Chimp experiment reveals human foibles in smart doc 'Project Nim'
In 1973, some research scientists at Columbia University got a bright idea. They decided to raise an infant chimpanzee like a child, in the home of a human family, to see if it would be possible to teach him to communicate with sign language at the same rate that a human child learns language. "Wouldn't it be great if we could find out what a chimp was thinking?" they wondered. “Wouldn't it be a breakthrough in human-animal communication?”
Project Nim, the absorbing, often infuriating, always provocative new documentary about this chimp experiment poses another, equally compelling question: just how clueless does human science have to be?
The film is directed by James Marsh, who won an Oscar for another excellent doc, Man On Wire (about the French aerialist who tightrope-walked between the Twin Towers). As a documentarian, Marsh's skill is to back off and let participants tell their own stories, from their own perspectives, with no prompting from him, and no imposed external narrative. Project Nim proceeds at a brisk clip from the mouths of various researchers and caregivers who were there, and while there's plenty of film footage of real-life events (along with some unobtrusive re-enactments), the real drama unfolds in what participants reveal about themselves and their attitudes, caught in the act of spinning their stories for the public record.
At the heart of the story is "Nim Chimpsky" himself. The tiny chimp is just two weeks old when he's wrenched from the arms of his mother in the birthing compound of the Primate Center in Oklahoma and spirited off to a brownstone in New York City, at the behest of project director Herbert Terrace. A hip Columbia prof with a following of grad student groupies, Herb picks former student Stephanie LaFarge to foster Nim in the household she shares with her new husband and their blended family of seven kids. Nobody in the family even knows how to sign, and Stephanie has too much of a "hippie mentality" to bother with notes or schedules, but a previous affair with Herb lands her the gig.
Surprised to find the infant chimp "dense and hard," not soft, like a human baby, and unprepared for "the wild animal in him," Stephanie nonetheless bonds with Nim. (She finds it "exciting" when he defies the other alpha males, like her husband and frequent visitor Herb.) When Herb starts sending in another nubile young research assistant, Laura, to baby-sit Nim, she's appalled at the chaotic household; the women clash, and Herb has Nim removed to a new home in upstate New York, staffed by Laura and her team of educator-caregivers. ("I had strong feelings for Laura, but I don't think that in any way impacted our science," recalls the feckless Herb.)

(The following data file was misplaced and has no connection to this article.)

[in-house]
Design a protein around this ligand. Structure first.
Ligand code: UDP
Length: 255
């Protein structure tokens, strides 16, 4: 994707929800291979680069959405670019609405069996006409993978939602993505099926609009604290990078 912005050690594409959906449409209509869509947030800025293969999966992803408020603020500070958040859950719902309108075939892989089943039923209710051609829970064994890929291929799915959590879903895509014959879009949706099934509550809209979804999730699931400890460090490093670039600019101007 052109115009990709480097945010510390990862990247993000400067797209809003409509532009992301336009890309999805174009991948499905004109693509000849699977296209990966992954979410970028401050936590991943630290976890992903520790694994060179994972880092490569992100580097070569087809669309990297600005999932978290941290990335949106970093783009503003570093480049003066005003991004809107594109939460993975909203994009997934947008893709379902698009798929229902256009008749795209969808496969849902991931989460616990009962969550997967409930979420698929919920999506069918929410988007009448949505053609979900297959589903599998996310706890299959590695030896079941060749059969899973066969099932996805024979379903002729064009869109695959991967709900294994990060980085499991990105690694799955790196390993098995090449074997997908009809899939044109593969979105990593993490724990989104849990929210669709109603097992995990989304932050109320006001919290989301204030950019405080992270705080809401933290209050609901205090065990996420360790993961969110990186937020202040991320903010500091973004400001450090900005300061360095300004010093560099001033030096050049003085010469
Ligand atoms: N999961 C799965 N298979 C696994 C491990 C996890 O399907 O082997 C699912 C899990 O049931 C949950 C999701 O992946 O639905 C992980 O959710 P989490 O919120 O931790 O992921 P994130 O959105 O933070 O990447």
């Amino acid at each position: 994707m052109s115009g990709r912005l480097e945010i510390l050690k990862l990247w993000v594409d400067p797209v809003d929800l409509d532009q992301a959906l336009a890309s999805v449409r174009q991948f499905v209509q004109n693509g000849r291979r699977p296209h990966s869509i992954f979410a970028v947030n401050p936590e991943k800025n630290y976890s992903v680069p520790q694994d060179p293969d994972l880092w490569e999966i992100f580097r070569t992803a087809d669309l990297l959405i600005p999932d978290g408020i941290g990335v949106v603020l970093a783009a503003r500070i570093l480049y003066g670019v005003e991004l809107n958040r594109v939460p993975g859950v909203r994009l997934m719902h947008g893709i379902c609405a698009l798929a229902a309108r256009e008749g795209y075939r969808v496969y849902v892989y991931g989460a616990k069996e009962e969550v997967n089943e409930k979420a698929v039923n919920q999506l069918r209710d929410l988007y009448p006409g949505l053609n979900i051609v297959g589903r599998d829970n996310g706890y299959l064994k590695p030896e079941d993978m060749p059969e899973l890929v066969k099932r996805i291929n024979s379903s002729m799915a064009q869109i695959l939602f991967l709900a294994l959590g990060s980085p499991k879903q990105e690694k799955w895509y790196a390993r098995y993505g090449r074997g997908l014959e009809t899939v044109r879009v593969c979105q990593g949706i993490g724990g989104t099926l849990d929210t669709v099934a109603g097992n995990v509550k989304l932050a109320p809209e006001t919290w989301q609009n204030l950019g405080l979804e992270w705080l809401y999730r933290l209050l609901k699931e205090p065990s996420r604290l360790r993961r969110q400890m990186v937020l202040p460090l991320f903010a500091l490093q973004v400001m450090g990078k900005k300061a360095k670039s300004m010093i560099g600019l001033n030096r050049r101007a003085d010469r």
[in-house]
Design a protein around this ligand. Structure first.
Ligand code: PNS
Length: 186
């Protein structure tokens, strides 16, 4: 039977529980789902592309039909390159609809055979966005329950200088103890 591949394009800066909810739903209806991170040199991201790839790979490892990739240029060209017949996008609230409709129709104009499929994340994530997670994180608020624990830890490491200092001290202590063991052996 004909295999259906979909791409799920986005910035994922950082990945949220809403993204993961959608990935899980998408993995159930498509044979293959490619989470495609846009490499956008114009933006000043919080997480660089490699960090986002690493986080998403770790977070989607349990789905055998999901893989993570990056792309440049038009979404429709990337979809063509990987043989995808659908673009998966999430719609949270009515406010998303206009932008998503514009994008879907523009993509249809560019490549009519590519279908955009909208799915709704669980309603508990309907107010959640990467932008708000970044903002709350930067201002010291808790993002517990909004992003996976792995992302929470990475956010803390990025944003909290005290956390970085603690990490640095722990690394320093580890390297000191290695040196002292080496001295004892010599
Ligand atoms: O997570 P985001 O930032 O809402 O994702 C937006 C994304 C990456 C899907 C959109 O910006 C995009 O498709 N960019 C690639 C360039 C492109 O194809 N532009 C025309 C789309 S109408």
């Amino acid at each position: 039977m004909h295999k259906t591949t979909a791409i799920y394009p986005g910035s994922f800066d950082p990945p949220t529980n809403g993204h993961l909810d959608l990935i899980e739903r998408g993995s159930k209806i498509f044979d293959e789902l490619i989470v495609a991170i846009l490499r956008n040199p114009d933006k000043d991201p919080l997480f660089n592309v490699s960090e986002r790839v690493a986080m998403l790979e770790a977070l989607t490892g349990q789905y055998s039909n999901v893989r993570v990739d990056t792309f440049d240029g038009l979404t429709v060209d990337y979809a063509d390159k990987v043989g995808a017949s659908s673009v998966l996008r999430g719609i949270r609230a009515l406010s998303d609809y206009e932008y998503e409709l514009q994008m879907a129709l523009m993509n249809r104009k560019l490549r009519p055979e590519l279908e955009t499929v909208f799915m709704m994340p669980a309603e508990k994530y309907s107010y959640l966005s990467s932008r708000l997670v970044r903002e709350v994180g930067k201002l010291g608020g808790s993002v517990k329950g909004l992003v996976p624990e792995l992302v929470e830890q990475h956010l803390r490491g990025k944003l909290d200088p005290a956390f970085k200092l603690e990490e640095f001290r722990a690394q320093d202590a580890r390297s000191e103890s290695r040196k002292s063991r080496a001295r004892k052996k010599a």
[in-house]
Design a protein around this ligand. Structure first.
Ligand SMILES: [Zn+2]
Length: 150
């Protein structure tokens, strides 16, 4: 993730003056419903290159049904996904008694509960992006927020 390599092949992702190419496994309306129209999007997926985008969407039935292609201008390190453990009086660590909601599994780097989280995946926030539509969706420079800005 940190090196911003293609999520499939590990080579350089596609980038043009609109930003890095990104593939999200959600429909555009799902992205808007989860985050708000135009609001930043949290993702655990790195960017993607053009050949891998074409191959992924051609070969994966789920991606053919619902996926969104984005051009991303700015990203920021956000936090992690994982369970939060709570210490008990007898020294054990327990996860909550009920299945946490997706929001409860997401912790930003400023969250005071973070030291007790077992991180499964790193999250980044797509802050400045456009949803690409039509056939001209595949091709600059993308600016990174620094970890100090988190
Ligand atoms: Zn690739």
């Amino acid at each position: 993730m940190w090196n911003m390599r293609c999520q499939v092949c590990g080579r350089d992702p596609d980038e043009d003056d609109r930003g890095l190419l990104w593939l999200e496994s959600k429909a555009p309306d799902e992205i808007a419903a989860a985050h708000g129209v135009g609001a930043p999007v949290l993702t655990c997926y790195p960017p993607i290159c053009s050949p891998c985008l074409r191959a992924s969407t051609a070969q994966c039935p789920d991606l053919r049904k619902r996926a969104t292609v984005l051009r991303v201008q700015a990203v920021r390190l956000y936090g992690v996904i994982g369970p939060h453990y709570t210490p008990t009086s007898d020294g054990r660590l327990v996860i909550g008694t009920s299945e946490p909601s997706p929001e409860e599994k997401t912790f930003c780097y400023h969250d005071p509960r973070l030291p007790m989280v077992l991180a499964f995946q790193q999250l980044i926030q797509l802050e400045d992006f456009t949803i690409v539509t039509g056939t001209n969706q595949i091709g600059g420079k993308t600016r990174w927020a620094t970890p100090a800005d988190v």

The '70s progress, and eager young (mostly female) researchers come, bond, and leave. Nim learns to adjust, and amasses an impressive signing vocabulary: Eat. Play. Hug. Me. Sorry. He's smart enough to know how to take advantage of his caregivers to get what he wants, and as he grows toward his 5-foot, 150-pound adult size, his wants become increasingly unpredictable —probably even to himself. After a couple of nasty biting incidents, Herb (who by now only shows up for photo ops with the media) decides there's "no point in going on, scientifically" and pulls the plug on the project. After five years in the human world, Nim is shipped back to a cage in Oklahoma.
And this is only a portion of Nim's odyssey (which includes a mercifully brief interlude at a drug-testing research facility and a stint at Cleveland Amory's rescue ranch for abused animals whose staffers have no idea what to do with a chimp). I confess, I was wary of seeing this movie, assuming it would all come to a bad end, but despite some truly heartbreaking separations and betrayals, Nim also inspires lifelong champion Bob Ingersoll, an Oklahoma chimp keeper who advocates on Nim's behalf and sees to it that he has loving care and companionship in his later years.
As a portrait of human hubris, ego, and misguided ignorance, Project Nim is riveting. No one will need sign language to understand what this chimp is thinking.
★★★ (out of four) Watch film trailer >>>
A film by James Marsh. A Roadside Attractions release. Rated PG-13. 93 minutes.
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